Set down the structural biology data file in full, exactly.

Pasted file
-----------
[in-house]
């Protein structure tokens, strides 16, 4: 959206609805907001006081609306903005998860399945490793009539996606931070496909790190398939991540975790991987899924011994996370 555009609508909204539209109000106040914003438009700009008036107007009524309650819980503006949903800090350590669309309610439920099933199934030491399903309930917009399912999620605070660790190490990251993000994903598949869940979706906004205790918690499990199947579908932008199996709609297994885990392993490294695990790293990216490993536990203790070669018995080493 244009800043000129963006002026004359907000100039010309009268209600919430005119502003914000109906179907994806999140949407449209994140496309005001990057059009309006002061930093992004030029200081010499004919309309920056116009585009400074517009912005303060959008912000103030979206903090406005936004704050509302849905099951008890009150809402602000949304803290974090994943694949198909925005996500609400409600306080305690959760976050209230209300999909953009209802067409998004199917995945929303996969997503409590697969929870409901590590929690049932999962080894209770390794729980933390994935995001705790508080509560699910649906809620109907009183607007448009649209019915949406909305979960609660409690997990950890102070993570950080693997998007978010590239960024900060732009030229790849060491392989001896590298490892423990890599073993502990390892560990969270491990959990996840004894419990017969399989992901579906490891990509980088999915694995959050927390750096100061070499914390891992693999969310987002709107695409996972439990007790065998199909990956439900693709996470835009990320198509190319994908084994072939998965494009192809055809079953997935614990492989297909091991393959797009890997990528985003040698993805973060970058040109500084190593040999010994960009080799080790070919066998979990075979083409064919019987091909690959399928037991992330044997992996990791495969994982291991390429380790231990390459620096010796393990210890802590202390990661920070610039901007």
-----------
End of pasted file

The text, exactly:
[in-house]
């Protein structure tokens, strides 16, 4: 959206609805907001006081609306903005998860399945490793009539996606931070496909790190398939991540975790991987899924011994996370 555009609508909204539209109000106040914003438009700009008036107007009524309650819980503006949903800090350590669309309610439920099933199934030491399903309930917009399912999620605070660790190490990251993000994903598949869940979706906004205790918690499990199947579908932008199996709609297994885990392993490294695990790293990216490993536990203790070669018995080493 244009800043000129963006002026004359907000100039010309009268209600919430005119502003914000109906179907994806999140949407449209994140496309005001990057059009309006002061930093992004030029200081010499004919309309920056116009585009400074517009912005303060959008912000103030979206903090406005936004704050509302849905099951008890009150809402602000949304803290974090994943694949198909925005996500609400409600306080305690959760976050209230209300999909953009209802067409998004199917995945929303996969997503409590697969929870409901590590929690049932999962080894209770390794729980933390994935995001705790508080509560699910649906809620109907009183607007448009649209019915949406909305979960609660409690997990950890102070993570950080693997998007978010590239960024900060732009030229790849060491392989001896590298490892423990890599073993502990390892560990969270491990959990996840004894419990017969399989992901579906490891990509980088999915694995959050927390750096100061070499914390891992693999969310987002709107695409996972439990007790065998199909990956439900693709996470835009990320198509190319994908084994072939998965494009192809055809079953997935614990492989297909091991393959797009890997990528985003040698993805973060970058040109500084190593040999010994960009080799080790070919066998979990075979083409064919019987091909690959399928037991992330044997992996990791495969994982291991390429380790231990390459620096010796393990210890802590202390990661920070610039901007």